I wonder if that phrase makes sense to you.

It was built to be a self-sustaining vessel home for over 50,000 of us. It needed to last over 2,000 years in the vacuum of space. The end product had enough luxuries to keep our species entertained and educated as well. Then all we had to do was send the breeding population out into the cosmos.

We sent 500 people, 250 men, 250 women. Married couples were prioritized. The few single people allowed to board were evenly split among genders. Everyone was between the ages of 18 and 36, though there was not a single woman over 30. Women lose their ability to make replacements quicker than men. Men needed to be between six to thirteen percent body fat and women had to be between fourteen to sixteen percent. Every founding inhabitant of the Mercurian was seen as someone of significant value to mankind. We sent up scientists, athletes, artists, inventors and models. Scientists, inventors and artists were known for what their minds can create while models and athletes were known for their physical perfection. 

Every person that originally left our planet on this vessel did so willingly. This meant that the Mercurian was populated by the most important people on earth, and the most desperate to leave it. This group of rich, talented and beautiful people who all thought that 196 million square miles wasn’t enough decided to shove their descendants in 50. 

How did they not expect us to tear each other apart?

In a lot of ways, The Mercurian was a garden of Eden in its own right. No struggle, no pain, nobody worrying about their next meal, or where they would take shelter. Production wasn’t an issue. The only purpose left was to go forth and multiply. We did this once with mice. 

A long time before I was born, a scientist named John B. Calhoun stuck mice in a perfect enclosed environment. They were free of disease, predation and scarcity. Nevertheless, they were contained. When this was done to members of our own species, we called it imprisonment. Imprisonment was seen as a punishment that was only fitting for the worst of us, though others ended up there too. The mice all stopped breeding and killed each other.

Poor little mice, there was nowhere for them to explore. 

It was okay for a while, heavenly even. The first few generations were able to remain rooted to Earth and fueled by their objective. They were God’s chosen people, leading their tribe out of Israel. Most of the original members continued working to the best of their ability, within the confines of the ship. Children took on the practices of their parents or developed practices of their own. Everyone bred.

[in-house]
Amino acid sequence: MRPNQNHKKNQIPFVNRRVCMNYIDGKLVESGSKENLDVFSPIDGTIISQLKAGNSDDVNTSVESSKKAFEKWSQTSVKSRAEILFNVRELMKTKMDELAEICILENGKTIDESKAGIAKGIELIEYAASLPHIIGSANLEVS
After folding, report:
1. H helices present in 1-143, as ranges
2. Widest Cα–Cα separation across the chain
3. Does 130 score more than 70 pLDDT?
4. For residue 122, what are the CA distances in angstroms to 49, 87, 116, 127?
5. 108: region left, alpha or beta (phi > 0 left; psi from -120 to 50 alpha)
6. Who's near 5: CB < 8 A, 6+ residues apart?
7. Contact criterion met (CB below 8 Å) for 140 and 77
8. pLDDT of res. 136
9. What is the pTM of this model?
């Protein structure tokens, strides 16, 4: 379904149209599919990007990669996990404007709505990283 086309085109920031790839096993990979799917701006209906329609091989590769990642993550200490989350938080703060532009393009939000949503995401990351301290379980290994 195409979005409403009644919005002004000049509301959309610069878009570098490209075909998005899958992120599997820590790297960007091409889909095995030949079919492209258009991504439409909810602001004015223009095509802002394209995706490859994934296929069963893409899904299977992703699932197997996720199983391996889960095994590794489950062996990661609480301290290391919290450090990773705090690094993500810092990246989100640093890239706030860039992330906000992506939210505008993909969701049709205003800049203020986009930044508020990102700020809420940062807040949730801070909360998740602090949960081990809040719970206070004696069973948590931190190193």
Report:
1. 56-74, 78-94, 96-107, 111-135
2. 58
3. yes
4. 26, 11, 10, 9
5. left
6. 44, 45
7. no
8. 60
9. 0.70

We used to get messages from our home planet. Updates from earth. They started out frequent. The first generation was able to keep in touch with the people they left behind. Then distance once again became a problem. It took longer and longer for messages to be received.

 Still, we did receive messages. Even if every new piece of information was already 50 years out of date. Even if every picture of a baby being born was likely already dead before the photo even reached our eyes. It was still something.

Then they stopped altogether. 

Even if you could comprehend everything sent to you by the Voyager 1, there was still so much we left out. We never told you about the organisms that used our bodies to spread from person to person and then killed us when they were done. We never told you about the bombs we built that were capable of destroying the entire planet. We didn’t tell you that our main source of energy was slowly heating the planet up. We didn’t tell you that we clustered into groups we called nations and that those groups would regularly decide to kill a different one. We never told you how likely it was that our species would suffer a violent and brutal death by our own hand.

It was around this time that we realized we were trapped in a box. 

We were all too interconnected. There was no escaping each other. There wasn’t much keeping us united either. Everything was already prewritten. No large goals or struggle that required us to get along. Creation felt like arranging furniture on the Titanic. Sorry, that’s another saying you won’t understand.

It took me a while to understand why humans were cast out of the Garden of Eden. I always wondered why God would tempt us with something that would doom us to sin. Now, I understand. The fruit from the tree of knowledge didn’t make our species sinful. Our willingness to eat the apple proved to god what we already were. We wouldn’t have survived in paradise. The original sin was want. In order to want, there’s always got to be something just out of reach. Otherwise, all that’s left is just an inevitable slow crawl to death.

Our species is not a hive mind, though yours may be. Every man can only experience life through their own eyes, they only think their own thoughts. We collaborate and communicate throughout our whole lives, but despite all of that, each one of us is alone. I hope that this will help you understand that a purpose that will not be fulfilled until long after you are gone, and takes no individual effort on your part, is not much of a purpose at all. The only reason to keep existing was something chosen by people that were long dead before we were even born. It didn’t require anything from us either.